# [SciPy-dev] Input value from data file to 2D array

Gabriel Gellner ggellner@uoguelph...
Fri Apr 18 00:51:39 CDT 2008

```> First, here is my Fortran code.
>
> DIMENSION A(10,10), B(10,10)
> OPEN(21,FILE='aaa.dat')
> DO 10 K=1,2
> 10 CONTINUE
> WRITE(6,1602) ((A(I,J),J=1,3),I=1,2)
> WRITE(6,1602) ((B(I,J),J=1,3),I=1,2)
> 1602 FORMAT(3I4)
> END
>
> and aaa.dat file is
>
> 0 1 1
> 1 1 1
> 2 1 1
> 　; ; ;
> ; ; ;
> 18 1 1
> 19 1 1
>
> The code is going to read each value of the data file(aaa.dat)
> and input the value to the array A, B. According the "DO 10 K=1,2"
> which means a loop of Fortran it is going to try to read 1st 2x3 array
> and set them to A, also read 2nd 2x3 array to B.
> Two "WRITE(6,1602) "s mean that the final value of array A and B are
> 3rd 2x3 array adn 4th 2x3 array
>
> 　 4 1 1
> 5 1 1
> 6 1 1
> 7 1 1
>
>
> Question 1: How to input value from data file to 2D array ?
> Can I write code like following ?
>
> 　a=zeros([2,3], Float)
>
First you don't need to use Float unless you a using a really old version of
numpy just write

a = zeros((2, 3))

Also, it is good to pass a tuple not a list as passing a mutable argument is asking
for trouble, even though in this case it is safe.

> 　　　 for i in range(1,2):
> 　　 　for j in range(1,3):
> 　　　 a[i][j]=i,j
>
Remember that python has 0 based arrays so you would want to write

for i in range(2):
for j in range(3):
a[i, j] = <some value at the i, j index>

so that range(2) returns the indices 0, 1
and     range(3) returns the indices 0, 1, 2
otherwise you are asking for out of bounds exceptions.
Also notice that numpy arrays are indexed using comma's to separate the
dimensions, unlike nested lists in regular python or C.

> (If the size of data file is very big , using
> read_array() or fromfile() will be very hard. )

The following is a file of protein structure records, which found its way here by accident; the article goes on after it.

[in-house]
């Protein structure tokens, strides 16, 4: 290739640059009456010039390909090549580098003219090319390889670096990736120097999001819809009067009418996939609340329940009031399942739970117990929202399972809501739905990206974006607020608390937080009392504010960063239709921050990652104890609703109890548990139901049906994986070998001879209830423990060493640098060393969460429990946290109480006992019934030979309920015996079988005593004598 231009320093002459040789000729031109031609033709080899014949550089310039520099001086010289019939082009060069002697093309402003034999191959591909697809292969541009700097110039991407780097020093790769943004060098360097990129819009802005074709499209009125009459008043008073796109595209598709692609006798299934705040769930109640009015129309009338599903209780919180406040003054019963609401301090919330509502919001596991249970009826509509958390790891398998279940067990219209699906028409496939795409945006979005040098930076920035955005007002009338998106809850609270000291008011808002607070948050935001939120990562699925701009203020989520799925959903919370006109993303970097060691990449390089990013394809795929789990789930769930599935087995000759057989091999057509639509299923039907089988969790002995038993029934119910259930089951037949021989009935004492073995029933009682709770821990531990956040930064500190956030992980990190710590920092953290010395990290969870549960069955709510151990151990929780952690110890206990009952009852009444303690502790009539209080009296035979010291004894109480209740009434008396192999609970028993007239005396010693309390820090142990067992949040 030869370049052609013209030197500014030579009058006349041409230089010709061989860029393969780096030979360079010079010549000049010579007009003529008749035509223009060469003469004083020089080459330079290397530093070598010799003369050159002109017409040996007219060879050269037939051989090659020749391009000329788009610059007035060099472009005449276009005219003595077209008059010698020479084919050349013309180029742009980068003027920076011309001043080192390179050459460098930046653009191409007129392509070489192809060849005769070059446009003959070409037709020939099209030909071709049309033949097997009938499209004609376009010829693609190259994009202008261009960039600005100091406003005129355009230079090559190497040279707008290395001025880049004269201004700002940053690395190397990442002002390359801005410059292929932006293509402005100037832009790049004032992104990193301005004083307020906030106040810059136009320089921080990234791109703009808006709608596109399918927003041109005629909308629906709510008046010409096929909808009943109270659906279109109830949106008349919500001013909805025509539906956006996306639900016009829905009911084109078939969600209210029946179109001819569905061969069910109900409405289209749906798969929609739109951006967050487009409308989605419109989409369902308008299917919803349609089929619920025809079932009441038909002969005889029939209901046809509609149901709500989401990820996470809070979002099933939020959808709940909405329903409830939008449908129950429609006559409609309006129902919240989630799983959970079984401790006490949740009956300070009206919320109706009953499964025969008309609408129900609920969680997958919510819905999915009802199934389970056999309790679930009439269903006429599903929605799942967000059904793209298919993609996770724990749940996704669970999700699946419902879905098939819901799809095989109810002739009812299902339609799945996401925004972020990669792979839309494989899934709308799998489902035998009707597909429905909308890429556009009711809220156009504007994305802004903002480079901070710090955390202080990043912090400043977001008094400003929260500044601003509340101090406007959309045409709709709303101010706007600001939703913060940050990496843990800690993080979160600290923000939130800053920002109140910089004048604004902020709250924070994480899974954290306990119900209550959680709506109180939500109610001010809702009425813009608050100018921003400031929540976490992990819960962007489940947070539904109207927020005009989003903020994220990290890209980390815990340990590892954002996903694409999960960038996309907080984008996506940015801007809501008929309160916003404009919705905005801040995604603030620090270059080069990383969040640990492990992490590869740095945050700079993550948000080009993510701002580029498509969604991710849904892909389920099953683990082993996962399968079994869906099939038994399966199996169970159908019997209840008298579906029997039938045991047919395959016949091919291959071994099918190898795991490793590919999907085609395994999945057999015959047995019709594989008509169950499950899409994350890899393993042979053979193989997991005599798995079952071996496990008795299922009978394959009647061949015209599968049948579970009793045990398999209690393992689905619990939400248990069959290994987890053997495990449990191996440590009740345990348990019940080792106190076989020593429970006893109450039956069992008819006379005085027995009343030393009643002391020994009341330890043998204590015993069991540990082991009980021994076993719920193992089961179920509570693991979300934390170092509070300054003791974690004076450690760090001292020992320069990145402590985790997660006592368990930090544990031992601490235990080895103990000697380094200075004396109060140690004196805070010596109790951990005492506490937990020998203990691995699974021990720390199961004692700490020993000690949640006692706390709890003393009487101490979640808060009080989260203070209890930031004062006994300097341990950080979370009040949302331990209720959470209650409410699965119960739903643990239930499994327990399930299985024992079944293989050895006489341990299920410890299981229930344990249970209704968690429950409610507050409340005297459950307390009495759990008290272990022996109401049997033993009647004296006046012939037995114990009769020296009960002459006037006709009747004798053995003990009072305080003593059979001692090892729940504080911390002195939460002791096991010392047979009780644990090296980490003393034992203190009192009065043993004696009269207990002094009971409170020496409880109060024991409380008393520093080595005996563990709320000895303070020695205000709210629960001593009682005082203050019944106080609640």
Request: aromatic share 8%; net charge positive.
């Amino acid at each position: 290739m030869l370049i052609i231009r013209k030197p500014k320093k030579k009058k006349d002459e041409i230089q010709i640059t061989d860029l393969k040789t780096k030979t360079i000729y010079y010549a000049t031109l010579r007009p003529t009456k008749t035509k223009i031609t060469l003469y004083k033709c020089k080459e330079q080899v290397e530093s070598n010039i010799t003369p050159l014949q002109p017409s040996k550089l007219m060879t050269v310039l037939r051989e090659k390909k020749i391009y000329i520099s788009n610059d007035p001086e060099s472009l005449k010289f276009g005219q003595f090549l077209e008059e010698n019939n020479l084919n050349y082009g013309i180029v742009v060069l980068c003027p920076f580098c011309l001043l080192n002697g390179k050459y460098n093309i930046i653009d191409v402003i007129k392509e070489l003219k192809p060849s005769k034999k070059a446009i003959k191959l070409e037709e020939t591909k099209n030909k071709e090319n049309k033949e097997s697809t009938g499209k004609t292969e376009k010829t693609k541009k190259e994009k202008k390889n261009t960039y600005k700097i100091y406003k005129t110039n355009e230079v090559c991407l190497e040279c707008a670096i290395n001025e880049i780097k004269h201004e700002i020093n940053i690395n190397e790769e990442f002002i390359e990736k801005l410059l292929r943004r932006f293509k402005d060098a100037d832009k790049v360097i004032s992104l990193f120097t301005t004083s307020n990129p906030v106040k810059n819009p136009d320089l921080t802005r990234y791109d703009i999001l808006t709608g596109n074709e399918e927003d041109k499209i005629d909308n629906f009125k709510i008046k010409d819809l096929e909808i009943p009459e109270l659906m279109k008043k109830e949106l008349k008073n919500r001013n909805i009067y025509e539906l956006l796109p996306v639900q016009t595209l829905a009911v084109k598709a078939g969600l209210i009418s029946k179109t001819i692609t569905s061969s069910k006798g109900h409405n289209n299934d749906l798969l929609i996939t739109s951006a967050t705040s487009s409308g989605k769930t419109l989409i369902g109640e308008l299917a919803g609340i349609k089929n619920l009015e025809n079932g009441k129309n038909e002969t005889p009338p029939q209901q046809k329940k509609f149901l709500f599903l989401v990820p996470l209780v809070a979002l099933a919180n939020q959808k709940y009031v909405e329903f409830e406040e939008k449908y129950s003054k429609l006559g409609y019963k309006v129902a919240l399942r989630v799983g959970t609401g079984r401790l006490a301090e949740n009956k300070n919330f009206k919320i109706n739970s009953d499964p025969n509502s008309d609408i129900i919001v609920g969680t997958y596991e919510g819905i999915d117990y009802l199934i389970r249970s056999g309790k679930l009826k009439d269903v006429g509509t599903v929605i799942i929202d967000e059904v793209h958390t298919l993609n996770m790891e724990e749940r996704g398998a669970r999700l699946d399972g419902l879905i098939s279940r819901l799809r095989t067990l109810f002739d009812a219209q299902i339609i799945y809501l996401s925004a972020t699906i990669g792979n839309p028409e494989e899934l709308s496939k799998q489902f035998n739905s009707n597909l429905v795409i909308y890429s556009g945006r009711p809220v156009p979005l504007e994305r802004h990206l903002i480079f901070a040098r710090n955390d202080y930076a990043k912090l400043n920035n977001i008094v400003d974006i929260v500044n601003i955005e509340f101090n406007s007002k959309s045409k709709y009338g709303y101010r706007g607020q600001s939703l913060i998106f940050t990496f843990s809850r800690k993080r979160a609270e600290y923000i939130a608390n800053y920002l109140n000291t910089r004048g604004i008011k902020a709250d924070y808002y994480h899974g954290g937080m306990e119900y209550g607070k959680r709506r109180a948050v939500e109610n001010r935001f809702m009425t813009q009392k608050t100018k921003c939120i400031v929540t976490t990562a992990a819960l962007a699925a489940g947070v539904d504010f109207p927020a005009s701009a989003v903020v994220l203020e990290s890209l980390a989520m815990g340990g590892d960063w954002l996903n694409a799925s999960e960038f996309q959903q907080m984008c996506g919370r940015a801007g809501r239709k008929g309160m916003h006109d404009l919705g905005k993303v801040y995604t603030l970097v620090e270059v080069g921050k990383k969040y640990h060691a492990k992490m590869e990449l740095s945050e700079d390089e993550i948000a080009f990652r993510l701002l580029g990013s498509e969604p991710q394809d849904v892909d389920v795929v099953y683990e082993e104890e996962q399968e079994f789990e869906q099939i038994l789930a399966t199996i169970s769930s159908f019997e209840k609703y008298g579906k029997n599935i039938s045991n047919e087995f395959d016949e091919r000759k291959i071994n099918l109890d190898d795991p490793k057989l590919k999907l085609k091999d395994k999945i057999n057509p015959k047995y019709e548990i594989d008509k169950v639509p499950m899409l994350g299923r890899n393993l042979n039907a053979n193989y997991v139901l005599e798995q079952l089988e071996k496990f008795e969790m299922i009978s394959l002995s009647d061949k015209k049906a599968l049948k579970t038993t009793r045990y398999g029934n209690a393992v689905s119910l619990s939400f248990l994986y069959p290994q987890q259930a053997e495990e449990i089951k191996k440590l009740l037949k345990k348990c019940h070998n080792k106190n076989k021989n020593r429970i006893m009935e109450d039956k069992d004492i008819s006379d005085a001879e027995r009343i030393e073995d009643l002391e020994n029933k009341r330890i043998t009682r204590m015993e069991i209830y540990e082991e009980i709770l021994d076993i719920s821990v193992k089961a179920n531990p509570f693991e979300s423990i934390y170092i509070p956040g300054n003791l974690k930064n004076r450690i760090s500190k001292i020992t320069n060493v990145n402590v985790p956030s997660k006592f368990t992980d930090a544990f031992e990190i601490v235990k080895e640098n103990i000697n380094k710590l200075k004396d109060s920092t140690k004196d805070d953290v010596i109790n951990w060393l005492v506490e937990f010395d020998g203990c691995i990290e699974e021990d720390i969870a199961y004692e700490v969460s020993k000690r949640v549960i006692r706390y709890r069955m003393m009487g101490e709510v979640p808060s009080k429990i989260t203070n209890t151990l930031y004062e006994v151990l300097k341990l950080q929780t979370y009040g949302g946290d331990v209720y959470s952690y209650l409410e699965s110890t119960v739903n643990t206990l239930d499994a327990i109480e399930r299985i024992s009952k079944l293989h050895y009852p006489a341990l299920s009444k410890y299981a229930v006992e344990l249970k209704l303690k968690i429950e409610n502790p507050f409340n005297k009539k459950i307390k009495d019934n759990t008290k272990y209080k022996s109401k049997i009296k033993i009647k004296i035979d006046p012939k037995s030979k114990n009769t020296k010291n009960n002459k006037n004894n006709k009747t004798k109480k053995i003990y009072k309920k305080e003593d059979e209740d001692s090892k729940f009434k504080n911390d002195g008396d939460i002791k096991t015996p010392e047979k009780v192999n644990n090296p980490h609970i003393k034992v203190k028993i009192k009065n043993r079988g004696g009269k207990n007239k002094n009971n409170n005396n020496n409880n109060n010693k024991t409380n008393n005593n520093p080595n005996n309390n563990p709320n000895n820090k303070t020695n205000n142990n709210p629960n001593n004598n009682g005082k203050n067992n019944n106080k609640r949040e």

>
Maybe not, as most file objects return iterators so they don't read in the
entire file into memory, try it the ugly way first, you might be surprised.
That is you can usually just iterate over the file like

for line in open('aaa.dat'):
print line.split()

to print out each line split by spaces, and the open statement will just
return an iterator, not read the entire file into memory. To read the entire
file into memory you would do (not that you really want to do this):

print line.split()

> Question 2: Such like "DO 10 K=1,1500", I just read a part of
> data file(<=very big file). How cat write this with Python ?
>
Using the above iterator method I would do
for lnum, line in enumerate(open('aaa.dat')):
if lnum >= 1500:
break
print line.split()

or if you don't like the break

file = open('aaa.dat')
for k in range(1500):
<do something with the line>

Okay so with all this information lets try doing your problem.

import numpy

a = numpy.zeros((10, 10))
b = numpy.zeros((10, 10))

file = open('aaa.dat')
for k in range(2):
for i in range(2):
a[k + i, :3] = [int(line) for line in file.read().strip().split()]
for i in range(2):
b[k + i, :3] = [int(line) for line in file.read().strip().split()]

Which is from the best I can make out the porting of your fortran code (the
reading part, the writing is similiar), though it seems like A, B are to big,
that is you make the dimensions of the arrays much larger than you use both
the number of rows and columns. Maybe I misunderstand your code. Hopefully
this helps a little.

And finally welcome to the wonderful world of python!

Gabriel

```